WHEN IT’S TIME TO CHANGE FROM SLICK TO WET TYRES IN FORMULA 1 | The Racing Spot - Pirelli
It’s funny to think that an entire Formula 1 car ¬is entrusted to just a few square centimetres of rubber gripping the asphalt. Looking at the whole field of 20 cars, that roughly adds up to around eight square metres and 700 kilograms of advanced technology fighting the laws of physics, courtesy of Pirelli’s tyres. Here’s how it all works, in theory and in practice. Centrifugal force --read more--
May 7, 2019 | F1: Beyond The Grid
38. James Allison: "For an engineer, F1 is an unending work of invention and skill"
F1: Beyond The Grid interviews Mercedes-AMG's engineer James Allison gives some amazing insight into what it's like for him to be a top engineer on a top Formula 1 team more than once.
July 3, 2018 | F1: Beyond The Grid
2. Lewis Hamilton: "F1 has given me a life - but it's also broken me"
F1: Beyond The Grid interviews Mercedes-AMG's driver Lewis Hamilton like you've never heard him before.
DRS (Drag Reduction System)
To help increase the competitiveness of the races in Formula 1 each car is fitted with a Drag Reduction System (DRS). The DRS is fitted under or behind the rear wing. The system works like the flaps that are mounted on the wings of planes that, upon landing, are put in the up position to help reduce the speed of the plane by increasing the drag, i.e. air resistance. On current Formula 1 cars the normal position for the DRS is closed. At certain, predetermined points on all Formula 1 race tracks/circuits the DRS is allowed to be in the open position; while in the open position the drag on the cars is reduced. The DRS is used to help facilitate passing. For example, car 2 is trailing car 1 and is starting to close the gap with car 1. When the cars reach a designated DRS zone, if car 2 is close enough to possibly overtake car 1 DRS will be put in the open position to allow car 2 to lunge forward, due to the reduced air/wind resistance. If the trailing car is close, but not close enough to overtake car 1, usually, less than 1 second behind, DRS will not be used.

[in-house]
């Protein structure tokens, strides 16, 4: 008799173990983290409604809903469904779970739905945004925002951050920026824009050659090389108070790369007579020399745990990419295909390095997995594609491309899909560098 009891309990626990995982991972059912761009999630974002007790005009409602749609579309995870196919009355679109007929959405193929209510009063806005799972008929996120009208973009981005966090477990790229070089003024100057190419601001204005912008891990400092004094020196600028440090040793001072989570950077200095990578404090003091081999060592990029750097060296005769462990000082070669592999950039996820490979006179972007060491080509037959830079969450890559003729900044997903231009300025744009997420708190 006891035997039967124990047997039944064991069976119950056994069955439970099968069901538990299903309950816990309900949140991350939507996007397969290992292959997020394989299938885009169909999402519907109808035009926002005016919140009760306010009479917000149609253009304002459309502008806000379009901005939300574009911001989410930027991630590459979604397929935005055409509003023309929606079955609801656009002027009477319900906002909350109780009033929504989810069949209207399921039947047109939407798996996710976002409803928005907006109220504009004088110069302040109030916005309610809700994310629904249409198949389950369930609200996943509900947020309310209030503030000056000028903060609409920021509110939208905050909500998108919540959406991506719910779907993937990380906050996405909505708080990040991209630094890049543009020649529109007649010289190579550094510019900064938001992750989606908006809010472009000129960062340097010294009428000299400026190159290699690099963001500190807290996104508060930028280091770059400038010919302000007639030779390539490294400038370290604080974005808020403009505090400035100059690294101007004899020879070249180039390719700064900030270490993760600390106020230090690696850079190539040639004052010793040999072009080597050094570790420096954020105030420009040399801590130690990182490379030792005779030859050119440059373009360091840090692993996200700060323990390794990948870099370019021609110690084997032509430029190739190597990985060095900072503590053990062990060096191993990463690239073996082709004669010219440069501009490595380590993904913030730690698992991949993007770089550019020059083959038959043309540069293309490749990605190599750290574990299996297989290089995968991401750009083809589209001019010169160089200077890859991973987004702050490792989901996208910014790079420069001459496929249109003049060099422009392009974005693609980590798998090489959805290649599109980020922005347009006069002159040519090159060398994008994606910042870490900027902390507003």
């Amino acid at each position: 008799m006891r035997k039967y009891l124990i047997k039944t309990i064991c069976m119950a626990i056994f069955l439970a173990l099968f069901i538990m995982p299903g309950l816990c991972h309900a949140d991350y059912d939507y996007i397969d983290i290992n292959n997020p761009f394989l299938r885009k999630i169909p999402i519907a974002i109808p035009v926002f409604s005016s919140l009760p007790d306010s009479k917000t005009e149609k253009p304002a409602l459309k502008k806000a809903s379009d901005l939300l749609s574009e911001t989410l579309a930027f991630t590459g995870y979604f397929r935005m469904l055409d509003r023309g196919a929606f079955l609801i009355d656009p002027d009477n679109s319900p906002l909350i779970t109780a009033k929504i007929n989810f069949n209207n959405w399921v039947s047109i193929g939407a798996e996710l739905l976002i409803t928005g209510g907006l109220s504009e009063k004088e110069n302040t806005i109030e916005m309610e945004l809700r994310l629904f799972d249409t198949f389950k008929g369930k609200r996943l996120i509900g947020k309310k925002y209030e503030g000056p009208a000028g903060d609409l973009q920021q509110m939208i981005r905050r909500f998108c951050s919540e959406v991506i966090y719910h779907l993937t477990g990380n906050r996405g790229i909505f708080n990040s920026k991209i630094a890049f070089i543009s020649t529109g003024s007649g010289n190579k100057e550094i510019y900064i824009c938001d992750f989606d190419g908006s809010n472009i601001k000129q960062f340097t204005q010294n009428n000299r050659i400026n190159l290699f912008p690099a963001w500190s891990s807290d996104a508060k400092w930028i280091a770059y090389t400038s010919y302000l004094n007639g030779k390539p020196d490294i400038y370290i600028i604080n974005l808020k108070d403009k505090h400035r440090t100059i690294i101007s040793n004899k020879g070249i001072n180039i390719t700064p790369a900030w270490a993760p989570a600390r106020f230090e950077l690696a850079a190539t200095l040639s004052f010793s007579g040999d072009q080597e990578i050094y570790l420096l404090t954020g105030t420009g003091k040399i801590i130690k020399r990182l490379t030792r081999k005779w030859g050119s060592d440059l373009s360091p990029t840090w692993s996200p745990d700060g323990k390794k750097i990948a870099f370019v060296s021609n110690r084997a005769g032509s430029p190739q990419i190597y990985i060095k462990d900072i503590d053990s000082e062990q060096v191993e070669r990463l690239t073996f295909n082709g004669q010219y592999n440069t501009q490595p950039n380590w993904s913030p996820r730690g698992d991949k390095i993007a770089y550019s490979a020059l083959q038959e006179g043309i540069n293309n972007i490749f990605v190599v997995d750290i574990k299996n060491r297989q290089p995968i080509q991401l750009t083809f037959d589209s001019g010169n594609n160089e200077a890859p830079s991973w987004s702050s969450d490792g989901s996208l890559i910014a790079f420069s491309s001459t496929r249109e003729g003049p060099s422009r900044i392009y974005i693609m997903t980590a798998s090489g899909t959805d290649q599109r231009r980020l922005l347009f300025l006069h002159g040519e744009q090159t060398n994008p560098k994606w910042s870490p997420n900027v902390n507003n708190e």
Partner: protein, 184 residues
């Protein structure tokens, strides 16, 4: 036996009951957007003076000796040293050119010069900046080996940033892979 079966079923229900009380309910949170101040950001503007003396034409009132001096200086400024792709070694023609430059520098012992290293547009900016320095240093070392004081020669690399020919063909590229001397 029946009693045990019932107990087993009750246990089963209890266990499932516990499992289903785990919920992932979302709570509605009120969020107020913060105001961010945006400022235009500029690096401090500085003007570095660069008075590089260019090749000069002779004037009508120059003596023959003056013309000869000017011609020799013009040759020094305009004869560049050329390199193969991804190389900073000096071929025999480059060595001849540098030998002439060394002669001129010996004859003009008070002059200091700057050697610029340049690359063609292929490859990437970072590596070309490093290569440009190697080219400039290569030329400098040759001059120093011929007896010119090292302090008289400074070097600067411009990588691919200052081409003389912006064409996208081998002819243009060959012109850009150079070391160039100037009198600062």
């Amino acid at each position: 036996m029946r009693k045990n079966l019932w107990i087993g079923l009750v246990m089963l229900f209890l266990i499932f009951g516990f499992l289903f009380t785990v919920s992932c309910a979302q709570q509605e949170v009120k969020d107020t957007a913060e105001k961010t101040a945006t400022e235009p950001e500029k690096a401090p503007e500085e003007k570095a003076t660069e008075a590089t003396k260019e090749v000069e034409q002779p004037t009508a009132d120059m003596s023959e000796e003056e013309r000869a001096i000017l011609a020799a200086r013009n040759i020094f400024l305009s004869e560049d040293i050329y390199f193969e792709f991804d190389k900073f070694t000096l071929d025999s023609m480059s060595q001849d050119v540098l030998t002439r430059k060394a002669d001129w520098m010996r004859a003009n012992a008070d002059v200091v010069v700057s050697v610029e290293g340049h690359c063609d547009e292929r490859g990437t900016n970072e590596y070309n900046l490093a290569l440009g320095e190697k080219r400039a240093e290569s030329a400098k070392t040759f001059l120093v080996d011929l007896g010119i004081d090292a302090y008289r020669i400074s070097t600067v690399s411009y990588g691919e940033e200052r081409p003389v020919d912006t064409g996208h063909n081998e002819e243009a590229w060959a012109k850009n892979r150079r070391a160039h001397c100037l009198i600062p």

Here's an excellent video done prior to the 2018 season on tires. For Formula 1 tires are are of the utmost importance, everything from which compound you use to how quickly your pit stop(s), during a race are performed. Formula 1 races are almost always decided on the rubber compounds being used for a particular race and how well a team uses the tire rubber compounds for a specific race and how quickly the pit crew can change tires during a race. As a rule, multiple tire compounds are assigned for a particular race and during that race the team must use both of the assigned tire compounds at some point during the race. Note: Since a Formula 1 race continues even when the track is wet, in addition to the assigned tires for a race, each team also has two different types of tires for wet track conditions, Intermediates and Full Wets, that have treads patterns designed to dissipate the water on the track.